I’d received variations of this call for over a decade. When my father first started having heart trouble, I still lived close enough to sit in the hard backed chairs of the waiting room all night to hear word. Over the years we’d been gone, I’ve made trips back when he had a bad attack or it seemed more serious. But there’s also been times when his significant other (whoever that happened to be at the time) didn’t call, so I’d find out too late to even worry.

In fact, when my father’s father died, no one told me until a week after the funeral, because we lived 900 miles away and they just assumed I couldn’t make it. I always feared the same would happen with Daddy.

He’d been driving his latest girlfriend and her kids out of town for dinner when it happened. The details were sketchy but his heart stopped, his pace maker fired once, twice, three times, and 911 was called. He’d been airlifted back to our local hospital by then and was in the ICU. It’s not good was an understatement.

For once, I didn’t ask if I needed to come home. I knew I did.

I rushed downstairs to tell my husband but all I accomplished was a sobbing babble. After a few minutes, he simply handed me my phone and told me to call my mother. After all, if she can understand my never-ending voicemails, she might be able to crack this code as well.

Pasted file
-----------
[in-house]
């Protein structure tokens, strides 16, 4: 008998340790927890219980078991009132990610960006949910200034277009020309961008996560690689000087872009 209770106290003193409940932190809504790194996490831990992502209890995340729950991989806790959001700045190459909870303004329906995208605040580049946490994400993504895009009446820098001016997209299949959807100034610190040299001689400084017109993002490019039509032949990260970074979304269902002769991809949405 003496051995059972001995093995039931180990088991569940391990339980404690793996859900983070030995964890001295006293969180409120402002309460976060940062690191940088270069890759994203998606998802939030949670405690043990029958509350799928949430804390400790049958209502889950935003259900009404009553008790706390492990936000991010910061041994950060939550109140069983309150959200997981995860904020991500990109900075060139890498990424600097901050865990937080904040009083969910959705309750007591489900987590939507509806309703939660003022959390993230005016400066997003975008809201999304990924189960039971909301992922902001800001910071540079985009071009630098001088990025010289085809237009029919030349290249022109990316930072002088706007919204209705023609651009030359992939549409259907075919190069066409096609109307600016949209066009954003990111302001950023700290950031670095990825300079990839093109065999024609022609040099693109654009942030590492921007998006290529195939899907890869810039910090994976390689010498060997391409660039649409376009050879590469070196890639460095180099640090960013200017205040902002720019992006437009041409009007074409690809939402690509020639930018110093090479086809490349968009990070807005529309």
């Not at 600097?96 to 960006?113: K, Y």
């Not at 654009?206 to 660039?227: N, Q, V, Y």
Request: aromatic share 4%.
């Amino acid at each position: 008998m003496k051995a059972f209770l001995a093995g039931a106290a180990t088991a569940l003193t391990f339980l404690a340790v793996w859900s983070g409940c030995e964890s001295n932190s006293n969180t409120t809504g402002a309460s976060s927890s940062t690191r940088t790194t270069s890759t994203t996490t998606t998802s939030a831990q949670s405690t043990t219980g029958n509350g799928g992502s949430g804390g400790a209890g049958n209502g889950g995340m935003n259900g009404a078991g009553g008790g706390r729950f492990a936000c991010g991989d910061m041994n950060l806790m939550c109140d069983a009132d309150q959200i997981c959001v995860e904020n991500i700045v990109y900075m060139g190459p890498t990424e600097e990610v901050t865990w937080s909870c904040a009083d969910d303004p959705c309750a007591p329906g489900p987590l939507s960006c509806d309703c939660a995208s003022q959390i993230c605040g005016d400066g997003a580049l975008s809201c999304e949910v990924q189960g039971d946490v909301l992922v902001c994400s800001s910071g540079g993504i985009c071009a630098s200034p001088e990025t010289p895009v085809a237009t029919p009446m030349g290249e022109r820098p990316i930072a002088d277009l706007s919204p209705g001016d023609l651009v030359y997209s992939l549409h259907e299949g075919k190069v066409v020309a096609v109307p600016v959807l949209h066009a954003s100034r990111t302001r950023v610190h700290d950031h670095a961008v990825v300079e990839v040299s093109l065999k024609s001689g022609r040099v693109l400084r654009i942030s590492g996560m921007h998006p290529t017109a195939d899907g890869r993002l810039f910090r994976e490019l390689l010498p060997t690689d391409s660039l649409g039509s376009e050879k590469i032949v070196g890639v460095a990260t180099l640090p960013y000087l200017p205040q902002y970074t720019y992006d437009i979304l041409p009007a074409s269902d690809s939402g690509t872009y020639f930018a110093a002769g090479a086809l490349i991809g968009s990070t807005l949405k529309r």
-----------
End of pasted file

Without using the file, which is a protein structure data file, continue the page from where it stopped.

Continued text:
My mother and my father were teenagers when she got pregnant and they got hitched. But they were young, and he was a bit wild. They divorced not much later and he drove a truck nearly all of my life. I’d see him maybe once a year with few exceptions. They tried to give it another go when I was about 6, but that time was shorter and more painful and thankfully ended real quick. So you’ll understand when I say, my mother (and her family) were the only constants in my life until I started a family of my own.

I calmed down as we talked and made a rough plan to go south as soon as possible, crash with my grandmother who had more room available, and felt like it was all going to be okay by the time I ended the call. I just needed to get back home.

Since my husband is USAF and I was in no condition to drive 22 hours with five kids by myself, we contacted the Red Cross as he called his superior officer. They were incredible and we were on our way about 3 hours after my Aunt’s first call.

The drive was miserable. I swung between anger at myself for not making more of an effort to keep in touch with Daddy and old bitterness that he didn’t either, which then left guilt for being so petty when he could be dying. Then I’d think I was being silly for rushing down, putting my family through the physical and financial stress when he’d probably be in step-down by the time we hit the city limits.